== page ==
Around that time, Murphy spent a year at Temple University and then went on to a job with the city of Philadelphia's water department, where he said he designed layouts for water pipes. He played chess whenever he could. The game, he acknowledged, took a toll on his personal life. Women did not understand his passion for the game. "I remember one girlfriend, she got upset with me. She said: 'You play this thing every chance you get. If you ain't working, you're playing chess. Where do I fit in?' I didn't have the heart to say, 'Wherever I fit you in.'"
By the mid-1980s, Murphy was known as the best blitz player in the city, according to Jerome Works, who helps run the Franklin-Mercantile Chess Club in Philadelphia. "Tom was chess in Philly," Works said. "If people wanted a real game, they'd call Tom. His game was very solid. Even when he played slow, he was hard to beat."
Even as his renown on the local chess scene was growing, Murphy was beginning to have trouble with drugs and alcohol. Both of Murphy's parents were alcoholics, he told me, and both of them ultimately died of the disease. His substance abuse turned intractable in the early '80s, when a girlfriend killed herself. "That was the catalyzing moment," he said. "I had just won the under-1600 section at the World Open. I had just gotten a big pay raise at my job. I had a house, a car. Everything was going great. Then she got involved in drugs and committed suicide, and that started a spiral that was out of this world."
Murphy ultimately rebounded and married, in 1992, but his devotion to chess, in addition to his drug and alcohol use, became an issue in that relationship as well. "It got to a point where she said, 'Make a choice, me or the chessboard,'" Murphy said.
In 1995, he said, the marriage dissolved, and Murphy left Philadelphia. He'd met a woman, "a good girl" who lived in Washington, and, in 1998, he moved in with her. At first, the relocation augured well. That fall, Murphy won the Arlington Chess Club's blitz championship. Mike Atkins, the ACC's director, still recalls Murphy's joy at winning. "He was about the happiest person I've ever seen win a tournament," Atkins said. "There's a big kid inside of him . . . He won in an impressive field, and there were often people who thought he'd win every year, but he didn't."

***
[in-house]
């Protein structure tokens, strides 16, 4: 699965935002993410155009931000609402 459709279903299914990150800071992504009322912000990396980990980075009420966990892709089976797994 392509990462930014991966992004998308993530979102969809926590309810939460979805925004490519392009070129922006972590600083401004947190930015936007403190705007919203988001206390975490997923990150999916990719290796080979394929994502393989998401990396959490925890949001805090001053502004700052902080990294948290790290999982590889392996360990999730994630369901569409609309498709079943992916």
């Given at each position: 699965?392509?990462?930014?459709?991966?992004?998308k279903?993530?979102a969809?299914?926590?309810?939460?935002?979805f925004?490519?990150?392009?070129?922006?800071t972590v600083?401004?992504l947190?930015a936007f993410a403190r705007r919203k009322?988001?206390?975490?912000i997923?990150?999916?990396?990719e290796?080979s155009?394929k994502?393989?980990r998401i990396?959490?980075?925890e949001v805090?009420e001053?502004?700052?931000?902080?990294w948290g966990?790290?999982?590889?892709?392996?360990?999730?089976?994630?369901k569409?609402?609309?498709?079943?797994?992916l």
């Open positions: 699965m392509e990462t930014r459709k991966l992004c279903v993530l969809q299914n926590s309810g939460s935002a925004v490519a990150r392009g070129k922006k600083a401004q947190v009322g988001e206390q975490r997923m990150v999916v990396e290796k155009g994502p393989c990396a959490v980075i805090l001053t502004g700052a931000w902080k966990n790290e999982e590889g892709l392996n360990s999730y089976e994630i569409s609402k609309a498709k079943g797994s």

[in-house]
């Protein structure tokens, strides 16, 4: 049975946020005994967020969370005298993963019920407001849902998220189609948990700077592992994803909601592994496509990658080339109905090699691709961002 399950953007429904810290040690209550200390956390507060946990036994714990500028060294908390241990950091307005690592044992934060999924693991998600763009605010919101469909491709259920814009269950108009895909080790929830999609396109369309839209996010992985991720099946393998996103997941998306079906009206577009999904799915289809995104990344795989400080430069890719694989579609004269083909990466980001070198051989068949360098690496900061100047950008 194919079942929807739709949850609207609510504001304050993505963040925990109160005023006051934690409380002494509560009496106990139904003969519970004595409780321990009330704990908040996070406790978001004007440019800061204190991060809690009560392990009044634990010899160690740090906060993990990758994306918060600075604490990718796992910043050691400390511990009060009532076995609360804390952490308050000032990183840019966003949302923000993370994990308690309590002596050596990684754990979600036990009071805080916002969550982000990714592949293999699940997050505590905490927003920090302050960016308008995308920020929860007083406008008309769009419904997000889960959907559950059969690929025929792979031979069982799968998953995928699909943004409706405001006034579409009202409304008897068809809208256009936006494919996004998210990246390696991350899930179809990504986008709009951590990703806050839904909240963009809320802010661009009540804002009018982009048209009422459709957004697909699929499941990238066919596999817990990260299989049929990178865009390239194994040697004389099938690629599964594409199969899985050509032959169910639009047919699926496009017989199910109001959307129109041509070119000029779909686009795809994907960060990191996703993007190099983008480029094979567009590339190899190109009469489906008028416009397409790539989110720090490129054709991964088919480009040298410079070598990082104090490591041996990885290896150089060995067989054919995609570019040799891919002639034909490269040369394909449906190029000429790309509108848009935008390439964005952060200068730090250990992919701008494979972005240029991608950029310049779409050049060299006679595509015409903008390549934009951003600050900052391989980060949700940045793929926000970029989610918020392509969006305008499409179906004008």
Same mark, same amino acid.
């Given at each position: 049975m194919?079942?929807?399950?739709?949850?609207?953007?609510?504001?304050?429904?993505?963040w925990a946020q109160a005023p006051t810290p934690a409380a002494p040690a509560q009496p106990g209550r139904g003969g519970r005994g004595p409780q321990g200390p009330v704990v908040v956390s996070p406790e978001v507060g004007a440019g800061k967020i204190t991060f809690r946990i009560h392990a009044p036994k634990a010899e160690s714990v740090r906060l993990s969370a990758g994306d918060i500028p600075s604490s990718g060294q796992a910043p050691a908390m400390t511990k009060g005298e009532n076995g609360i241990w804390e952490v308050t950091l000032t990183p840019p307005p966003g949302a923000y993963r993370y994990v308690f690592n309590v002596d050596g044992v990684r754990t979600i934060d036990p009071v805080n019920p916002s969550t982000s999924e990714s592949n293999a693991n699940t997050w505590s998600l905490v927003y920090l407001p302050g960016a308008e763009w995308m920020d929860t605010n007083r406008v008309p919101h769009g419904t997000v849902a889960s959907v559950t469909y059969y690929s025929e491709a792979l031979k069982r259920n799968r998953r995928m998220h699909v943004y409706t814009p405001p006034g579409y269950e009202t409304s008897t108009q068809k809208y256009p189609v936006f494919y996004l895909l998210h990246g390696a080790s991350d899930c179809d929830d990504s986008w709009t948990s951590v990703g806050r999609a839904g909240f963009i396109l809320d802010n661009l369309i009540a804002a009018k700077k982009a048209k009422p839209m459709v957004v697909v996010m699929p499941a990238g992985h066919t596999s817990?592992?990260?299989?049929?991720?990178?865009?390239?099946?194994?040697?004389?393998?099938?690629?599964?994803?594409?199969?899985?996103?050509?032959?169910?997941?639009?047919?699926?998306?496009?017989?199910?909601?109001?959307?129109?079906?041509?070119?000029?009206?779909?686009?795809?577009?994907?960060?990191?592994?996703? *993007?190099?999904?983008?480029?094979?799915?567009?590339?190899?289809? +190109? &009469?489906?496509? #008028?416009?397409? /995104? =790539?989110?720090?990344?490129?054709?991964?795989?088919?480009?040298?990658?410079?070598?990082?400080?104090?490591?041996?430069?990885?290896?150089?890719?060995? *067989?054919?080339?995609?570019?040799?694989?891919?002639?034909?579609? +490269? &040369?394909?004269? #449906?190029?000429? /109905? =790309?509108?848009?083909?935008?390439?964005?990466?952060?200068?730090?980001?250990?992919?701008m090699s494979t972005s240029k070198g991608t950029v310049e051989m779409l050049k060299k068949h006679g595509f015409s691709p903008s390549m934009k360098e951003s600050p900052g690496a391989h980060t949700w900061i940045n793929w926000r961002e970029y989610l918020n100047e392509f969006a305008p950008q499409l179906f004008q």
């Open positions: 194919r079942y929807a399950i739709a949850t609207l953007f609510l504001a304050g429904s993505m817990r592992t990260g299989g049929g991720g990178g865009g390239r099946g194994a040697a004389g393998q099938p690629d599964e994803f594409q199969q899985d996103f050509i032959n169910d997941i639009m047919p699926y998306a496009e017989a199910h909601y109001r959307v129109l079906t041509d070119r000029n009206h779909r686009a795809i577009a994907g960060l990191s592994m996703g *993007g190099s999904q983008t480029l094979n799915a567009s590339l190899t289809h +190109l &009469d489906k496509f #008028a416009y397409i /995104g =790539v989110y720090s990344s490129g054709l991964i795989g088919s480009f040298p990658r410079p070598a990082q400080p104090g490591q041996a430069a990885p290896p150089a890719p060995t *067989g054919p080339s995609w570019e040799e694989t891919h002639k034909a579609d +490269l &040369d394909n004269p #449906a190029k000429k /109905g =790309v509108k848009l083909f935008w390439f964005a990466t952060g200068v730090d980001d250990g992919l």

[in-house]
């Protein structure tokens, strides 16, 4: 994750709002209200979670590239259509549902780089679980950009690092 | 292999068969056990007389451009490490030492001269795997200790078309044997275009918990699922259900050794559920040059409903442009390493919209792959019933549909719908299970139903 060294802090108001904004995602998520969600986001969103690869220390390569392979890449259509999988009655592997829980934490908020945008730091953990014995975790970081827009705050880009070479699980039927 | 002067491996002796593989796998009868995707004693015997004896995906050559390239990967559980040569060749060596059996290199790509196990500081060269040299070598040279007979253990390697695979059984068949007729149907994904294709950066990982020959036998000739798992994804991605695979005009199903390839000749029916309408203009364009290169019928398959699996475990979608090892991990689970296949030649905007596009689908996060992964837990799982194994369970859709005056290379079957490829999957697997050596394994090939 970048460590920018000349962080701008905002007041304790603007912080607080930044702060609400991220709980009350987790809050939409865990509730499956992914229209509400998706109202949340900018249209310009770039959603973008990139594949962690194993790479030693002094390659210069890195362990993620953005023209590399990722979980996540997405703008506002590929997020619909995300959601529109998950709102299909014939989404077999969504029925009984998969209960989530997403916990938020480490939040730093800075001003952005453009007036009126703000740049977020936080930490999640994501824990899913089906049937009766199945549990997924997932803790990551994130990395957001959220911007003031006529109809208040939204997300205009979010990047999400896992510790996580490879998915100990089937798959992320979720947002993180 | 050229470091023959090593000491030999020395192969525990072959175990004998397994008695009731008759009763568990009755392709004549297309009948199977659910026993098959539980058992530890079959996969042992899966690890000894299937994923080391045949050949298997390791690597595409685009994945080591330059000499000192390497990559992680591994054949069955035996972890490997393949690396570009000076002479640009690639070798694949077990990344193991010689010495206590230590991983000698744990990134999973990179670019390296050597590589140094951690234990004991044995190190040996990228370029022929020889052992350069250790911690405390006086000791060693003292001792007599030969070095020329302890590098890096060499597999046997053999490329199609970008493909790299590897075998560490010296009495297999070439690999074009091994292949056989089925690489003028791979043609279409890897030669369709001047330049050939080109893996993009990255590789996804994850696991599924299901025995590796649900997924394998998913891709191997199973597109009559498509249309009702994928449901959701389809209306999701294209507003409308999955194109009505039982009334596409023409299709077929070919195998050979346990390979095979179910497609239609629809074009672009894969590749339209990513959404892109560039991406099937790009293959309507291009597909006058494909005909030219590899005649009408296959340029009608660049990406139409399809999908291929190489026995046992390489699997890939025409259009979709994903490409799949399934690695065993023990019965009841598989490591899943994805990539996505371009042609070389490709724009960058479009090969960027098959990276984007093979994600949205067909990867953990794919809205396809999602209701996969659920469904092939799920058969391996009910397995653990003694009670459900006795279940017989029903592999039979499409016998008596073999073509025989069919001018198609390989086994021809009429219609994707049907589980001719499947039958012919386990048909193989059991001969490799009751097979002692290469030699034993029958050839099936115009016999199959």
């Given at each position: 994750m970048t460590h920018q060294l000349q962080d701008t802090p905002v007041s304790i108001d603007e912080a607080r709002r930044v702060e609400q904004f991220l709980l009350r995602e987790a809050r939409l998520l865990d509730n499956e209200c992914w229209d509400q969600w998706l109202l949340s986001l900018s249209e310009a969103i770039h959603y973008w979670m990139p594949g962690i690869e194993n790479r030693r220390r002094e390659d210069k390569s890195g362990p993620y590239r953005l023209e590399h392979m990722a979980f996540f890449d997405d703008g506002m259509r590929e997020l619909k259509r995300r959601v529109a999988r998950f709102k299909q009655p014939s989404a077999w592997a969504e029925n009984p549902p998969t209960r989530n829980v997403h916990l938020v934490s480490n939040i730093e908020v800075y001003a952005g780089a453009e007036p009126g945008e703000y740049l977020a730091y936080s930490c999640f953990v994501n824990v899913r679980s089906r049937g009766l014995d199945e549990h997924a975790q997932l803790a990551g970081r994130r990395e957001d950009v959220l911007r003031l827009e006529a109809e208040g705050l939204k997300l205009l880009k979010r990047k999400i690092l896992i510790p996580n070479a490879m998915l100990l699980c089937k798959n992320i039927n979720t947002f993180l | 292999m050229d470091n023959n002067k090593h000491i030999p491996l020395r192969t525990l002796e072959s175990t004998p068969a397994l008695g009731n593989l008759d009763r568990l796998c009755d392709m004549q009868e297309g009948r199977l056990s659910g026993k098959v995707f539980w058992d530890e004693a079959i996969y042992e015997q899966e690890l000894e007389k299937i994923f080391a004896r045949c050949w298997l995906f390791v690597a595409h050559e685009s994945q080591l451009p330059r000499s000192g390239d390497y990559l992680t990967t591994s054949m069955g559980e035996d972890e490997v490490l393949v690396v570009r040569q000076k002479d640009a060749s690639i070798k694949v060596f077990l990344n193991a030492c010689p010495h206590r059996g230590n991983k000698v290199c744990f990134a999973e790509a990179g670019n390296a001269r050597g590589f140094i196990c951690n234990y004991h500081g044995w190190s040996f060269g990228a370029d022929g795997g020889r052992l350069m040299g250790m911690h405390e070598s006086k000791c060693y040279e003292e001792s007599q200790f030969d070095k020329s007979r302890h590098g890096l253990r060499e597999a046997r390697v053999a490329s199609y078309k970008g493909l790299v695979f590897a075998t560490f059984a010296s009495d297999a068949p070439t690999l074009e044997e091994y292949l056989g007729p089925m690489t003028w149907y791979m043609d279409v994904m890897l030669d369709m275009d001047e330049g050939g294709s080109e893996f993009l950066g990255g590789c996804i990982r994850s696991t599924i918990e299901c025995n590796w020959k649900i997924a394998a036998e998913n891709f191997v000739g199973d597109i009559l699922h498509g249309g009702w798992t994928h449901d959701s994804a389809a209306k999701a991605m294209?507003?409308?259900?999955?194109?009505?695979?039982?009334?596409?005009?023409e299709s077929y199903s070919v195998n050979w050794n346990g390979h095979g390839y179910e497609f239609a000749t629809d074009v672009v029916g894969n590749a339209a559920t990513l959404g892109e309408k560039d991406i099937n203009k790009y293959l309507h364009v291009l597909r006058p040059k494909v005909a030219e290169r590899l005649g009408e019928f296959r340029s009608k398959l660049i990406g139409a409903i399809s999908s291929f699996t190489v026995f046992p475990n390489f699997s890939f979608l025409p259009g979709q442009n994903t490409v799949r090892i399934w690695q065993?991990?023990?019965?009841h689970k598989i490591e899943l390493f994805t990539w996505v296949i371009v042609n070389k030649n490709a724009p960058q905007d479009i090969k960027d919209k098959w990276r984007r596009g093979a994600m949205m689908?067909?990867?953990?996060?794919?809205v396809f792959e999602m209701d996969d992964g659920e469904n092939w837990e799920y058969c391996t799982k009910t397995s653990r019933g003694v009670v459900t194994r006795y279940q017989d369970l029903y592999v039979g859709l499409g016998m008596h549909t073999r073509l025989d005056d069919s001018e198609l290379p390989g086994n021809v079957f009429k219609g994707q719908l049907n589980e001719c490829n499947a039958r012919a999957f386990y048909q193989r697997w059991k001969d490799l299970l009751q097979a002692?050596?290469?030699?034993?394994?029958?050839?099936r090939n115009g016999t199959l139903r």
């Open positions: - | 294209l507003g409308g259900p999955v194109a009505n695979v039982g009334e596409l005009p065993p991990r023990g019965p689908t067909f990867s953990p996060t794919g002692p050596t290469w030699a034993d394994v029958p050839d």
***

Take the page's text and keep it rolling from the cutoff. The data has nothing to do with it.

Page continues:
Not long after the victory, Murphy went through another rocky stretch. In 1999, he was arrested twice on drug charges, once for marijuana, once for cocaine, and was sentenced to a six-month stint in the D.C. jail.
His chess prowess proved valuable during his confinement, he said. His chessboard victories kept him in cigarettes and won him extra rations of food. Most important, he said, they provided him with physical protection, thanks to fellow inmates who bet on Murphy's matches and did not want to see harm come to him. "Chess probably saved my life in there," he said.
After his release, he began attending AA meetings, and he found steady employment doing canvassing and recruiting for environmental lobbying groups. During that period, Atkins recalled, "he'd sometimes come to the club in a suit. Tom showing up in a suit was very different from him coming in street clothes." Murphy's chess game, too, showed greater focus, Atkins said. "When he is stable, when he is employed, when he is sober, when he has a place to live, his chess improves markedly. When's he's unemployed, when he's abusing, when he's homeless . . ." Atkins trailed off. "You have to do what you do in order to survive."
After a six-year run of stability, Murphy drifted in and out of homelessness and sobriety. These days, if you ask Murphy's friends and colleagues about him, the conversation turns quickly to rueful reflections on his squandered potential.
"Chess is so full of stories like his," said Daaim Sha-bazz. "There are rags-to-riches stories, but you have the riches-to-rags stories, too. He's very gifted, very talented, but Murphy's one of those stories where you look at him and you think: If things had been different, what could he have become?"
AFTER ARRIVING IN NEW YORK MID-AFTERNOON, MURPHY MADE STRAIGHT FOR THE CHESS TABLES IN WASHINGTON SQUARE PARK. The tournament would start in 3 1/2 hours, and Murphy, whose pockets were empty, needed to hustle the $40 entry fee.
Eight or nine other men were hustling chess in the park that day, and several of them recognized Murphy from a long-shared past on the tournament circuit and from his prior visits to New York. Yaacov Norowitz, a round-faced, giggling man in a yarmulke who is a chess master, bade Murphy a hearty hello. So did a man named Wayne, who was making more money selling loose cigarettes at 50 cents per than he was hustling chess. "This has become a very lucrative business," said Wayne of the cigarette trade, as he folded a customer's bill into a stout green stack.